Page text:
Kharin, V.E., M. Rodel, and J. Hallermann. 2010. New records and distribution of a little-known sea krait Laticauda frontalis (de Vis, 1905) (Serpentes, Laticaudidae). Russian Journal of Herpetology 17: 285-289
Kim, H.S. and N. Tamiya. 1982. Amino acid sequences of two novel long-chain neurotoxins from the venom of the sea snake Laticauda colubrina. Biochem. J. 207: 215-223
Lading, E.A., R.B. Stuebing, and H.K. Voris. 1991. A population size estimate of the yellow-lipped sea krait, Laticauda colubrina, on Kalampunian Damit Island, Sabah, Malaysia. Copeia 1991: 1139-1142
Radcliffe, C.W., and D.A. Chiszar. 1980. A descriptive analysis of predatory behavior in the yellow lipped sea krait (Laticauda colubrina). J. Herpetology 14: 422-424
Rasmussen, A.R., and J. Elmberg. 2009. ‘Head for my tail’: a new hypothesis to explain how venomous sea snakes avoid becoming prey. Marine Ecol. 30: 385-390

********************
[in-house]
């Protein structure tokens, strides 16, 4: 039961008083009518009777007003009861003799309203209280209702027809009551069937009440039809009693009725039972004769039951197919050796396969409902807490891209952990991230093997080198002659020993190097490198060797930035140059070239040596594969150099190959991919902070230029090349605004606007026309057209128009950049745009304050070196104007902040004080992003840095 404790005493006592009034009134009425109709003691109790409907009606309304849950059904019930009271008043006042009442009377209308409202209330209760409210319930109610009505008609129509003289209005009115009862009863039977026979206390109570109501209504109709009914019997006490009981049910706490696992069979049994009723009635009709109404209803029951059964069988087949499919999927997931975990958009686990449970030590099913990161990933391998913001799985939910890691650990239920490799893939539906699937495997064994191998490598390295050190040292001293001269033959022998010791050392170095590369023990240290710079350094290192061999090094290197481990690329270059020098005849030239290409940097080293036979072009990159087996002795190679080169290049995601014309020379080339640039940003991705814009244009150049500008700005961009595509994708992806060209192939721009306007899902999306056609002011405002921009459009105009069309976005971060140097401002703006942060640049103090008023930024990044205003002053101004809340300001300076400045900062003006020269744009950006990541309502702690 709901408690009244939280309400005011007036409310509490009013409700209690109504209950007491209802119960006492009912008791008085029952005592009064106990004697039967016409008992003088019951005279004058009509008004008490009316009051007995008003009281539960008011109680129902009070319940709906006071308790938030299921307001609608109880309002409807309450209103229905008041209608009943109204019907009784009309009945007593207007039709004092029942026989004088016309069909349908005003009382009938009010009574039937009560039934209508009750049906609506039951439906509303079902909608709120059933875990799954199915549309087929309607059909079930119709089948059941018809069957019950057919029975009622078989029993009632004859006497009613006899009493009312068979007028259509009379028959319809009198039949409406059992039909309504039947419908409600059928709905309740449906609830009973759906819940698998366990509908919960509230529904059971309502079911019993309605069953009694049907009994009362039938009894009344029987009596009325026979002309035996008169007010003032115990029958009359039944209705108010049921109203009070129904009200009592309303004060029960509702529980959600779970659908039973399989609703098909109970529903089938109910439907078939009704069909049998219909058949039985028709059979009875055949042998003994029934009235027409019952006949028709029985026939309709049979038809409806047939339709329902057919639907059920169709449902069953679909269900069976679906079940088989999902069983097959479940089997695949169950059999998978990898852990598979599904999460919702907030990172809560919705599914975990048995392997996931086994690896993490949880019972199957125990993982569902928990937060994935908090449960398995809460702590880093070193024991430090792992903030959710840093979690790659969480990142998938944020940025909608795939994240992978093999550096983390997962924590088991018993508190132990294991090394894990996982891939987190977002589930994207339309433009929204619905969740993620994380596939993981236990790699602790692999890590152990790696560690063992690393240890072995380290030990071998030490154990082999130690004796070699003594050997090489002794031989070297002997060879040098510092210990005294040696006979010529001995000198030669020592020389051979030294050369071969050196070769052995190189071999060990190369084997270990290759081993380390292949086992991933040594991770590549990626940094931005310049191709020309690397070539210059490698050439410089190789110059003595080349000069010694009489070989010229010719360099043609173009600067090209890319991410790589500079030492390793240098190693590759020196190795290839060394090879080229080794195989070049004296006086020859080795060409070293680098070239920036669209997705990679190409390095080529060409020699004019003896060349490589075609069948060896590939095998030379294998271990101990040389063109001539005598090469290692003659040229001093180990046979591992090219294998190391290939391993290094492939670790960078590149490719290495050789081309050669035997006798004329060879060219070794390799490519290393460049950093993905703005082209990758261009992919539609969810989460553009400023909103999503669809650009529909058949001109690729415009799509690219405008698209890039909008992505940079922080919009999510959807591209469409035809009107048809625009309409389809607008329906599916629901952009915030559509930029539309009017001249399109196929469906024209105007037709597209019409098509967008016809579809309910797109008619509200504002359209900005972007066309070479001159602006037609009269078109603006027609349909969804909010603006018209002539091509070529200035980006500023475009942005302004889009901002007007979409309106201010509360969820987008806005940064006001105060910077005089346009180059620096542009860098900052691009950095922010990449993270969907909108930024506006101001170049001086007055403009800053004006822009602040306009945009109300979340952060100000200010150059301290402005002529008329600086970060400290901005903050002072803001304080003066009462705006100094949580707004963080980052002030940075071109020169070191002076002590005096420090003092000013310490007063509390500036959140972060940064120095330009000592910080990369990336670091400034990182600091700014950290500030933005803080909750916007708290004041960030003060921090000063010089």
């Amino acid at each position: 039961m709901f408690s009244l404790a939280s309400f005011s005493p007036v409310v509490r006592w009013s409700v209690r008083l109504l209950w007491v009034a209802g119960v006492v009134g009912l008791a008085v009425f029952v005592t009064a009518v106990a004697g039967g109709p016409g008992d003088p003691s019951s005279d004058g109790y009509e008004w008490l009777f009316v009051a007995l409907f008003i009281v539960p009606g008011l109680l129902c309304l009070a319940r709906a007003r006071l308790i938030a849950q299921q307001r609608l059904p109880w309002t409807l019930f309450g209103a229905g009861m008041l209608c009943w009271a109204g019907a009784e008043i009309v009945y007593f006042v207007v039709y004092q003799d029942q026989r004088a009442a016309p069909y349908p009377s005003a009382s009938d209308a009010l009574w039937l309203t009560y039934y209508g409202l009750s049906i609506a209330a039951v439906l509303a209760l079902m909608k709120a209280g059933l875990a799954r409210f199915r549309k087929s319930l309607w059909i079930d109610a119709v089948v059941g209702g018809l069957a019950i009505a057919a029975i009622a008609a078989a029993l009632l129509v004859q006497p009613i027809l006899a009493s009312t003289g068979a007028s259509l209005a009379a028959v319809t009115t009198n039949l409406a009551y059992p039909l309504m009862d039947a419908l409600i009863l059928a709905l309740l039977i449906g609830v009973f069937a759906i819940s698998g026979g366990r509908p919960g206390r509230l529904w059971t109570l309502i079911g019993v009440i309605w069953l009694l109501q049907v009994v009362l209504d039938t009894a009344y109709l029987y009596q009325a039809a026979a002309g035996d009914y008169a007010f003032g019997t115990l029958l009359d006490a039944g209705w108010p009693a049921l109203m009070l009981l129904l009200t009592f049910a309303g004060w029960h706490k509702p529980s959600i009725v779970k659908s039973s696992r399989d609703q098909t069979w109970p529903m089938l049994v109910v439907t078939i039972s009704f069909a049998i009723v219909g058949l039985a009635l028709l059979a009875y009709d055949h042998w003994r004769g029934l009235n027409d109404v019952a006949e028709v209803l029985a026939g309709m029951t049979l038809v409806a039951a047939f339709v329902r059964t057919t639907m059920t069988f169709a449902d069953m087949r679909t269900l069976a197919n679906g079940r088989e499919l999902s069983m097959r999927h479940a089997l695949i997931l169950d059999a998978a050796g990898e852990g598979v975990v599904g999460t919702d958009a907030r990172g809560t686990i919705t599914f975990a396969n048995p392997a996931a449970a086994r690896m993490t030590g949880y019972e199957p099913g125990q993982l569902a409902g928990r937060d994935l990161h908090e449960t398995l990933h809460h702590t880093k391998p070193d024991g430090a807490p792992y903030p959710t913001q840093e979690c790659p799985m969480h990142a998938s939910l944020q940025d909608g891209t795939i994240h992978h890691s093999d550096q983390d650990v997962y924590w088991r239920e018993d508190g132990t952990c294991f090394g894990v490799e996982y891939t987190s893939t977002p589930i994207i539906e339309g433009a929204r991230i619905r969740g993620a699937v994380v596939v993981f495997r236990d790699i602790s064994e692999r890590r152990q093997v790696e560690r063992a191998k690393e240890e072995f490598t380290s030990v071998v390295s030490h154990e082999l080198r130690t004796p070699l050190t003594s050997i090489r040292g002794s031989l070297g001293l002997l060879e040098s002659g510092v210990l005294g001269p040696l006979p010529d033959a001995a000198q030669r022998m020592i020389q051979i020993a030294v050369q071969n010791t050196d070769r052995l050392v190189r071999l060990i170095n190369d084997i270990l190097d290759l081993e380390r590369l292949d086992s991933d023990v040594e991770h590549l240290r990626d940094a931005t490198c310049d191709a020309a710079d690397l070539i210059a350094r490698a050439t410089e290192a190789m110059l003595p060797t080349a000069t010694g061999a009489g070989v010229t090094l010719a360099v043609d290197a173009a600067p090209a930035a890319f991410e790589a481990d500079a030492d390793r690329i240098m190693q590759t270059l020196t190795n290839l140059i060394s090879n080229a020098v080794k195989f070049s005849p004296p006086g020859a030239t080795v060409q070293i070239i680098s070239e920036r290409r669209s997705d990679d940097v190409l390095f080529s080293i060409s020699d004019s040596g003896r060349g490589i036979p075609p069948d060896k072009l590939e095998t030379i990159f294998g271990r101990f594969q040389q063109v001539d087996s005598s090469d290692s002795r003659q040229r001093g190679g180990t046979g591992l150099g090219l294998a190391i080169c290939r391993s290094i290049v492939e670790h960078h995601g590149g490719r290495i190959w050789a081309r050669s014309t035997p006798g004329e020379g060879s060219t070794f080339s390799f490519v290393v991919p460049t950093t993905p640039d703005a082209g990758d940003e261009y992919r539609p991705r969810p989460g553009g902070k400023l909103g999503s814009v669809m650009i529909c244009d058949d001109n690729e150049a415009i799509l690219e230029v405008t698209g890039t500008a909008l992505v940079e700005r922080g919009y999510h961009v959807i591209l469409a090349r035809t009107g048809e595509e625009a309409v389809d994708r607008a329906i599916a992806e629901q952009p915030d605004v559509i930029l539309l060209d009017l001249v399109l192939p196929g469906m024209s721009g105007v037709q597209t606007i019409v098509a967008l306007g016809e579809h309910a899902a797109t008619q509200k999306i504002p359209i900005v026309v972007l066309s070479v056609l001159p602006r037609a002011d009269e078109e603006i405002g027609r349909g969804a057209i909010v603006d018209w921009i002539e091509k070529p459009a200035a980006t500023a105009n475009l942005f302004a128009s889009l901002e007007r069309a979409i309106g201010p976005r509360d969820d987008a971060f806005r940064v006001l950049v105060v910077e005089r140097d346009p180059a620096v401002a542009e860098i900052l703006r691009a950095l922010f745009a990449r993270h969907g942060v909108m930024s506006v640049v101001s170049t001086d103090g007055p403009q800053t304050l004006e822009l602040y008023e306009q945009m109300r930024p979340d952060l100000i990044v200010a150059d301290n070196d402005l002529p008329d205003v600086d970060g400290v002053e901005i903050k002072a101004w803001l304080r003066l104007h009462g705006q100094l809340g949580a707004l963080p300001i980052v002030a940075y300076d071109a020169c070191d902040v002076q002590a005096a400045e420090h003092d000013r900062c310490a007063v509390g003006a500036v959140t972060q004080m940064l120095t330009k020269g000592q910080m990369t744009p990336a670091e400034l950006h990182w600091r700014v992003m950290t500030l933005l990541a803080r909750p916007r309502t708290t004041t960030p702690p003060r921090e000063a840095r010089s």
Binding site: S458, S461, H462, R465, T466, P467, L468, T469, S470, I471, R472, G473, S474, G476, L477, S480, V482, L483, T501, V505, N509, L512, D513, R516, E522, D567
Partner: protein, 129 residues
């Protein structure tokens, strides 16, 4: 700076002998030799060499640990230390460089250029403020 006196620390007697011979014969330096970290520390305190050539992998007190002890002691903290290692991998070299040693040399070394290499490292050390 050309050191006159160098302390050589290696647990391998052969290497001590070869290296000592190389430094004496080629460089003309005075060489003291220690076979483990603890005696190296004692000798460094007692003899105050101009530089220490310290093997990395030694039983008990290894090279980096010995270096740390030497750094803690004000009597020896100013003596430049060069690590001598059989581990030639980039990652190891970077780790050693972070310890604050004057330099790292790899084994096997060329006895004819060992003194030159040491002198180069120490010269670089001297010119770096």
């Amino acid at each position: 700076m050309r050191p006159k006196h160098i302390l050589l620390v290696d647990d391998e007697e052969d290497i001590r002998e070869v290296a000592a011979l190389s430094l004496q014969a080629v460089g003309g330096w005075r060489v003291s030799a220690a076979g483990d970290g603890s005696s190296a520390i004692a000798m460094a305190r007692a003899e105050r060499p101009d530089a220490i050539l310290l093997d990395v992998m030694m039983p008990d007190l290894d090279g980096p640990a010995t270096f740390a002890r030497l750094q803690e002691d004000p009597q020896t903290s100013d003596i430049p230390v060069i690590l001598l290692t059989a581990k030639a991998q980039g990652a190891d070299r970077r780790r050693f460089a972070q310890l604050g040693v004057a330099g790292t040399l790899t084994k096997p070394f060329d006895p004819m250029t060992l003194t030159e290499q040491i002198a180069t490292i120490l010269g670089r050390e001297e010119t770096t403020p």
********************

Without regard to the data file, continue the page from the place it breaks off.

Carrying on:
Rioux, V., M. Gerbod, F. Bouet, A. Menez, and A. Galat. 1998. Divergent and common groups of proteins in glands of venomous snakes. Electrophoresis 19: 788-796
Schmidt, G.D. and R.E. Kuntz. 1973. Nematode parasites of Oceania. XX. Paraheterotyphlum ophiophagos (Heterocheilidae) from the Banded Yellow-lip sea snake, Laticauda colubrina. Am. Midland Naturalist 89: 481-484
Shetty, S. and R. Shine. 2002. Philopatry and homing behaviour of sea snakes (Laticauda colubrina) from two adjacent islands in Fiji. Conservation Biol. 16: 1422-1426
Shetty, S. and R. Shine. 2002. The mating system of yellow-lipped sea kraits (Laticauda colubrina: Laticaudidae). Herpetologica 58: 170-180
Shine, R., R.N. Reed, S. Shetty, and H.G. Cogger. 2002. Relationships between sexual dimorphism and niche partitioning within a clade of sea-snakes (Laticaudinae). Oecologia 133: 45-53
Shine, R. and S. Shetty. 2002. The influence of natural selection and sexual selection on the tails of sea-snakes (Laticauda colubrina). Biol. J. Linnean Soc. 74: 121-129
Shine, R., X. Bonnet, and H.G. Cogger. 2003. Antipredator tactics of amphibious sea-snakes (Serpentes, Laticaudidae). Ethology 109: 533-542
Shine, R., H.G. Cogger, R.R. Reed, S. Shetty, and X. Bonnet. 2003. Aquatic and terrestrial locomotor speeds of amphibious sea-snakes (Serpentes, Laticaudidae). J. Zool. Lond. 259: 261-268